The exhausting tumult of Donald Trump’s first year in office reminds me of the year that I turned 21 – 50 years ago this month. For those old enough to remember 1968, it was a time just as colourful and full of memorable, and often tragic, events. It has been called “the year that changed history.”
The world, it was said, would never be the same.
Half a world away, North Korea was dominating world headlines – just as it does today. The USS Pueblo remains today the only U.S. naval ship held captive by a foreign government. In January, North Korean forces captured the intelligence vessel, holding its crew of 83 captive for almost one year.
The Vietnam War was raging, and that same month the North Vietnamese would launch the Tet Offensive. It would prove to be the turning point of the war.
In February, Richard Nixon announced his candidacy for the American presidency. Two weeks later, the U.S. death toll in Vietnam hit a new high, with 543 killed and 2,547 wounded.
March witnessed major upheavals in U.S. politics. Driven by an army of young volunteers, Senator Eugene McCarthy shockingly won the New Hampshire primary. Bobby Kennedy entered the race four days later. President Lyndon Johnson then declined to run again in 1968.
April was a month of both tragedy and triumph. Martin Luther Ling’s assassination sparked riots in 100 cities across the United States. In Canada, Pierre Trudeau won the leadership of the Liberal Party.
May 6 was “Bloody Monday” in Paris, as 5,000 student demonstrators rioted in the streets. French president Charles de Gaulle briefly went into hiding. The following month saw Bobby Kennedy’s assassination.
In June, on St. Jean Baptiste Day, separatists rioted in Montreal. Rocks and bottles were thrown at Pierre Trudeau, champion of a unified Canada, as 292 demonstrators were arrested.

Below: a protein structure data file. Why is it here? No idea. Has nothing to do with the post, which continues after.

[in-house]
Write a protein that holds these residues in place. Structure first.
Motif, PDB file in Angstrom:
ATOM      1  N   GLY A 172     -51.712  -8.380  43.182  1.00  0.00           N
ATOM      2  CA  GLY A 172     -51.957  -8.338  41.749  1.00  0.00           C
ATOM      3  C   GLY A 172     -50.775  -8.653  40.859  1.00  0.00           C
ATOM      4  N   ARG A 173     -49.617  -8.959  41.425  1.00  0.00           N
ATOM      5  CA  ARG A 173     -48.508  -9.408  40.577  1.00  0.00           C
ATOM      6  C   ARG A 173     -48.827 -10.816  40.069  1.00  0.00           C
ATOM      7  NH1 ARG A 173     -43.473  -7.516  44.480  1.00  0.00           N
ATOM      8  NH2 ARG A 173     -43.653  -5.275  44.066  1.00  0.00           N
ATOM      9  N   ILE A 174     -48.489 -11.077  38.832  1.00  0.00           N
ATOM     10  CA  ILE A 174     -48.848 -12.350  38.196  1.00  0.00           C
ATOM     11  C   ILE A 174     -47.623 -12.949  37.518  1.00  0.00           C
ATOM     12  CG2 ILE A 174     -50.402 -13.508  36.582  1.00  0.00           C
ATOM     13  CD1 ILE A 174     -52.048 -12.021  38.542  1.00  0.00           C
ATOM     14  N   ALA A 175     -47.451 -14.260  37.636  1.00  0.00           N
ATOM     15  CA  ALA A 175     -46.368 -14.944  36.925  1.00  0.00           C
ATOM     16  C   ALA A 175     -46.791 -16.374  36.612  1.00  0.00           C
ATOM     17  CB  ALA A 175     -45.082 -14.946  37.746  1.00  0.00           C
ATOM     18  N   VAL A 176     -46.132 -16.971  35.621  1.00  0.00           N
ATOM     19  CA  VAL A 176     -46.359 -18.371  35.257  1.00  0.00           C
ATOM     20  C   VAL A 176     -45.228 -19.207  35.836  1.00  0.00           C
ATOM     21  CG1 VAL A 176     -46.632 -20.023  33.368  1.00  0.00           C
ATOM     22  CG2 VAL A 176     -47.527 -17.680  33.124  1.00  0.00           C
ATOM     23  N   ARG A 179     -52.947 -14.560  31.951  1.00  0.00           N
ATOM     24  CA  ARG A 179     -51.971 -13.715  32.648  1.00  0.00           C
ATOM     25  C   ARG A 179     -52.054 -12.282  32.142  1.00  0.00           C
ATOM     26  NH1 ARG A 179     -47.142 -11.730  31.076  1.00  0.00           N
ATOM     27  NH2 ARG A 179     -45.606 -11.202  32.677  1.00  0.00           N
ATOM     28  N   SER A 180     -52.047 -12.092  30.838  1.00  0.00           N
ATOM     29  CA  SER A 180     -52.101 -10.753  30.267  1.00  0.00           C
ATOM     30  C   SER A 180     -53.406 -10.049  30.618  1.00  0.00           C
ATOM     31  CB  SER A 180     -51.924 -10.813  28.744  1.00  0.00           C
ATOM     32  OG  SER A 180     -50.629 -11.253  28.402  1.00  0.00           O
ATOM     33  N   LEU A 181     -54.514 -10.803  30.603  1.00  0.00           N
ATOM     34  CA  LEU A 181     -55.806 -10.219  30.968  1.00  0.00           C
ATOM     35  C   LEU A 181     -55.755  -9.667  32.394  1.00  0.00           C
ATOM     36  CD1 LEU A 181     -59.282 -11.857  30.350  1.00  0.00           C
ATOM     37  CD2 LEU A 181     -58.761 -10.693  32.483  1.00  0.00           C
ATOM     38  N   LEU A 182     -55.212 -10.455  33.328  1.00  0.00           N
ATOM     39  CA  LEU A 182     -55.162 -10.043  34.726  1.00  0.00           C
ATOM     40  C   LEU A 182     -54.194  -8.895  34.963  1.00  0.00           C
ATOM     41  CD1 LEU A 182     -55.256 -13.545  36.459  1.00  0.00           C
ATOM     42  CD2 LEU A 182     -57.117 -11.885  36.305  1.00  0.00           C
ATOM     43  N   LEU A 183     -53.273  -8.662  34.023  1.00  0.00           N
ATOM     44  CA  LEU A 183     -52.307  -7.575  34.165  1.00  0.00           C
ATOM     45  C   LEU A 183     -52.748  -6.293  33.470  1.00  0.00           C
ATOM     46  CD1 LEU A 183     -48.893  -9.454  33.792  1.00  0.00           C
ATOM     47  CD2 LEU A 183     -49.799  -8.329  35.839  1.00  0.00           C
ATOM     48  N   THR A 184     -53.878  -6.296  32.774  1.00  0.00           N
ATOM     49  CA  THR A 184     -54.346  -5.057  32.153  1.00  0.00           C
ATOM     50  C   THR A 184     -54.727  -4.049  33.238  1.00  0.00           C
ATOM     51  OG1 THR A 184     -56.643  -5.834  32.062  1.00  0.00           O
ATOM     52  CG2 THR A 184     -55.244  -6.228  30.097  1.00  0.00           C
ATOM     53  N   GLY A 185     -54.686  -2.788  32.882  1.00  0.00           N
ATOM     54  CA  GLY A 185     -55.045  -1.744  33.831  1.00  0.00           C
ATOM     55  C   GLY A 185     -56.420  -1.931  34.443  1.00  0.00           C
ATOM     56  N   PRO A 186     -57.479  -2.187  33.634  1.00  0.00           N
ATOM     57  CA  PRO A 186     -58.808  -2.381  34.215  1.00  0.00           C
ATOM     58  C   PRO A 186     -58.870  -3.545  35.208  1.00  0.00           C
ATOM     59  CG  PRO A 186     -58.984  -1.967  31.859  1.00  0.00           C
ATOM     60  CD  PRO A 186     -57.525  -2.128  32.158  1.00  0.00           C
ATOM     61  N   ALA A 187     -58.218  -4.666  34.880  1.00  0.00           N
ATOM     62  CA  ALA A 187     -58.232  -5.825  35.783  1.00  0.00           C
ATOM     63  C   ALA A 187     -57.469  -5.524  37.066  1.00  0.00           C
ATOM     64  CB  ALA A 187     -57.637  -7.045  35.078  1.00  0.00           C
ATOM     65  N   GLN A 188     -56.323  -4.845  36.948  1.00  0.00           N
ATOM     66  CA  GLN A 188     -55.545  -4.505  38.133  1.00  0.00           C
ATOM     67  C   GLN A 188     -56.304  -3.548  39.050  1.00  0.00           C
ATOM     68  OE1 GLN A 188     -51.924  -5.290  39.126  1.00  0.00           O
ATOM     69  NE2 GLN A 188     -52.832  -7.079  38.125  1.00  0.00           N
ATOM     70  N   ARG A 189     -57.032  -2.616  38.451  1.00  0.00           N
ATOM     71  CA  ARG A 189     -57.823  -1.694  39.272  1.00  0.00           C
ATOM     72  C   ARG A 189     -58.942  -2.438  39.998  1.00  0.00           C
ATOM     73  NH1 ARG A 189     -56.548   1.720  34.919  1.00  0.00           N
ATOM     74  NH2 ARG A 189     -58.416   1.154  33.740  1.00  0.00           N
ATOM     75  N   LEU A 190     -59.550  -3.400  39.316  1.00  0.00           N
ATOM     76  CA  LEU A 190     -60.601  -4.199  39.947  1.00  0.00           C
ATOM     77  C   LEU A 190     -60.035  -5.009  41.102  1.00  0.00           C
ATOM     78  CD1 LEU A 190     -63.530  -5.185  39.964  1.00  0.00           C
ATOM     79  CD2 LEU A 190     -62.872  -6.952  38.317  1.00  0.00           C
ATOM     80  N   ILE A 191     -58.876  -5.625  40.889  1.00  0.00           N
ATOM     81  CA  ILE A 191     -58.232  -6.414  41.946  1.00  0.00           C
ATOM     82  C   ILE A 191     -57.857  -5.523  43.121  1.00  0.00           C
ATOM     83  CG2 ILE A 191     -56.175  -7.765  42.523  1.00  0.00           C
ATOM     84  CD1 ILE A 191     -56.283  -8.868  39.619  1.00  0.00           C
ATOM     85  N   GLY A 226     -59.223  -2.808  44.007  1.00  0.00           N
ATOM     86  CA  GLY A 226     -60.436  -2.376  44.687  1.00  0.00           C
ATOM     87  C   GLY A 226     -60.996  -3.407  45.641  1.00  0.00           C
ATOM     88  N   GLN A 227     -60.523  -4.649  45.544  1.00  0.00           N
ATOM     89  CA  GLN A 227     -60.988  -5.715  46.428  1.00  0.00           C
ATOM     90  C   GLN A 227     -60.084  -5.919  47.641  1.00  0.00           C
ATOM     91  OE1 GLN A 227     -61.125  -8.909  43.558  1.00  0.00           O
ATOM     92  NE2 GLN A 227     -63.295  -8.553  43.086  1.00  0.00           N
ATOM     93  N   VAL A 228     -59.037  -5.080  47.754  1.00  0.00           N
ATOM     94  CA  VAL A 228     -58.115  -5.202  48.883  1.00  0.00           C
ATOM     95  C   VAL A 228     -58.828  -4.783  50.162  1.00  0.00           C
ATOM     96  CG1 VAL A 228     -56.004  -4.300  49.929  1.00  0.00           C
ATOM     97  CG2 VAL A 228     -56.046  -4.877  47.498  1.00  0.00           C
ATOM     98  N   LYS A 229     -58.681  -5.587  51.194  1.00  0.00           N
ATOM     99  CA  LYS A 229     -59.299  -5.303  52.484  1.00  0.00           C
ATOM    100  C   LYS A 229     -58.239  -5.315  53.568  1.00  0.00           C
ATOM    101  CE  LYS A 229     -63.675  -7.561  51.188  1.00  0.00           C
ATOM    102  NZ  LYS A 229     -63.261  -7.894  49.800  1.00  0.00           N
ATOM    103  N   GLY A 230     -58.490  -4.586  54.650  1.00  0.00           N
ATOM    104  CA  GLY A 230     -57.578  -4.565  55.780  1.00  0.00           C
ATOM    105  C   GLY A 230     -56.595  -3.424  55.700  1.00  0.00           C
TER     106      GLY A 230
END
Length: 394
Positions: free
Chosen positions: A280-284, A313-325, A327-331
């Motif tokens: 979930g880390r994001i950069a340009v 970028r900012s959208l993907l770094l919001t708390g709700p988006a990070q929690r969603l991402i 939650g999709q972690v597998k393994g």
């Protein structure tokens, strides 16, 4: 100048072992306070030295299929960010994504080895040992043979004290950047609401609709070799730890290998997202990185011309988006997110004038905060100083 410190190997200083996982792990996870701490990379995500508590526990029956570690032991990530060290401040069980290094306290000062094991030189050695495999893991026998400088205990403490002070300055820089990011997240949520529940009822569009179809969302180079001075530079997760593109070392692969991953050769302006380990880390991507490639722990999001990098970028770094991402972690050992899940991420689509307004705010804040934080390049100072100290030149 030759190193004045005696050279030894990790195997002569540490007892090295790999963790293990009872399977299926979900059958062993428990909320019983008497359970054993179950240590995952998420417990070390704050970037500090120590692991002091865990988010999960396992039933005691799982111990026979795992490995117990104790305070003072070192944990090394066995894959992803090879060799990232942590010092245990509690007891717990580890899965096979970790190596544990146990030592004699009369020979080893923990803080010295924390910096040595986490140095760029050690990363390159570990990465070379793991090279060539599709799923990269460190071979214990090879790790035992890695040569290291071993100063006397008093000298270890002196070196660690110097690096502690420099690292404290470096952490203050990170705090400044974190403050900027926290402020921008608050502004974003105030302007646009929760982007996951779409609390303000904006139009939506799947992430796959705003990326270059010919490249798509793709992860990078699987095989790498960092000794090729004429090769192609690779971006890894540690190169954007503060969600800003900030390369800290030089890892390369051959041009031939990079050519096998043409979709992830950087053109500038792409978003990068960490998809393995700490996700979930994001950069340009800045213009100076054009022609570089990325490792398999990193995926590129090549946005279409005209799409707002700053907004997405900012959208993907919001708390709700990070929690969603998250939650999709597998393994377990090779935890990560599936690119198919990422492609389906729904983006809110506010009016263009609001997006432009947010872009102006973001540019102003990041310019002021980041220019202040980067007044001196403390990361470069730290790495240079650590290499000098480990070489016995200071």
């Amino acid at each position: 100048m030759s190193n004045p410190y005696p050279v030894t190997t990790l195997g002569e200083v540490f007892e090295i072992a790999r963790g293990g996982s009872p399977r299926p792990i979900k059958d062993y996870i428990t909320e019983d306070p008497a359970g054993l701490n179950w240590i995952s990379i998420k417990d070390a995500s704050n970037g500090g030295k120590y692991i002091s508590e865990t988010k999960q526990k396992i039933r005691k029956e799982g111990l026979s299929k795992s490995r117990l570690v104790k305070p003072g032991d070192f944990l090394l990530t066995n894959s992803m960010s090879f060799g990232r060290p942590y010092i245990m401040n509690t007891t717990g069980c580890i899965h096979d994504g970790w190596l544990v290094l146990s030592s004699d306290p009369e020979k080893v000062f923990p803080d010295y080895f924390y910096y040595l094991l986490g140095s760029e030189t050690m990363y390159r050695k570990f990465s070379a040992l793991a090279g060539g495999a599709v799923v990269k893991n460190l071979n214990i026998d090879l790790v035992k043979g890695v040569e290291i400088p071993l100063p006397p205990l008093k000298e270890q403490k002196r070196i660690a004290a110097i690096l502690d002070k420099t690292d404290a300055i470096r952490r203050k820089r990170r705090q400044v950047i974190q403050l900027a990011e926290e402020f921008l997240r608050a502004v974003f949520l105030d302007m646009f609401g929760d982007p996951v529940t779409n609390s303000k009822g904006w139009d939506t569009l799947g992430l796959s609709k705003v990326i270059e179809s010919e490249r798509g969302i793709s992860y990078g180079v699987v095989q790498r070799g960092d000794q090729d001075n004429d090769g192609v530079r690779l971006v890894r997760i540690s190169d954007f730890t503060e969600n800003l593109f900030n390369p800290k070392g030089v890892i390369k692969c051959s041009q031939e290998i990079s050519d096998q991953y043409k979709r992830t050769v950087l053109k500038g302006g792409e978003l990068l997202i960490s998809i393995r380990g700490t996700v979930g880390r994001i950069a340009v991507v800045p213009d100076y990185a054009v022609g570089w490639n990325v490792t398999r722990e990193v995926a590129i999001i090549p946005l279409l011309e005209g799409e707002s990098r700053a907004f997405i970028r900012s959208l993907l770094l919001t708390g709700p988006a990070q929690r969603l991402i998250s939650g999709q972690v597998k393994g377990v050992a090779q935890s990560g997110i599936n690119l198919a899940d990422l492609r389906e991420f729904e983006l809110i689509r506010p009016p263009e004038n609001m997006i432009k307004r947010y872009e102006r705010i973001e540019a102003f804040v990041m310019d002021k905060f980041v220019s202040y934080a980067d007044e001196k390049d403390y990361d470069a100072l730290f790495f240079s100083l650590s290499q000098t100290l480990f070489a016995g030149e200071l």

The following day, Trudeau won a majority government in a federal election.
July saw violence in the air. A Palestinian terrorist group forced open the flight deck door of El Al Flt. 426, clubbing the co-pilot and forcing the aircraft to divert to Algiers. It was the beginning of a wave of airline hijackings.
At the end of August, the Soviet Union invaded Czechoslovakia. In Chicago, 10,000 students and Vietnam War protestors at the Democratic Convention sparked a police riot. People across North America watched the spectacle on television as demonstrators were clubbed and beaten in the streets by police.
The “blackest day in the history of cows” arrived in Pittsburgh in September. That month in the city, a McDonald’s franchise served the first Big Mac. So – the year was not one of total war and conflict.
In September of 1968, the first Boeing 747 was rolled out in Seattle – an event that would change the face of aviation worldwide for decades.
In October, the “year of violence” continued as hundreds of demonstrators were killed or injured in Mexico City.
Curtis LeMay, a retired U.S. Air Force chief of staff, running as a vice-presidential candidate on a ticket with independent candidate and former segregationist George Wallace, makes a stunning announcement regarding the use of nuclear weapons.
“I think most military men think it’s just another weapon in the arsenal” LeMay said. “I think there are many times when it would be most efficient to use nuclear weapons. I don’t believe the world would end if we exploded a nuclear weapon.”
In November, by a popular vote margin of only half a million ballots, Richard Nixon defeated Hubert Humphrey for the presidency of the United States. Looming ahead for America lay the agony of Watergate and the historic resignation of a president – events that still resonate 50 years later.
By the time December came, the world was displaying fatigue at the litany of violence, demonstrations, assassinations, and nuclear bomb tests. But four days before Christmas, a celestial event saved 1968 from being a year of total misery.
The world lifted its eyes to the heavens as Apollo 8 became the first spacecraft to leave earth’s orbit on its lunar voyage to the moon.
And on Christmas Day, astronaut Frank Borman’s prayer from space reminded a weary world of the power of God’s love to bring peace in even the most perilous of times.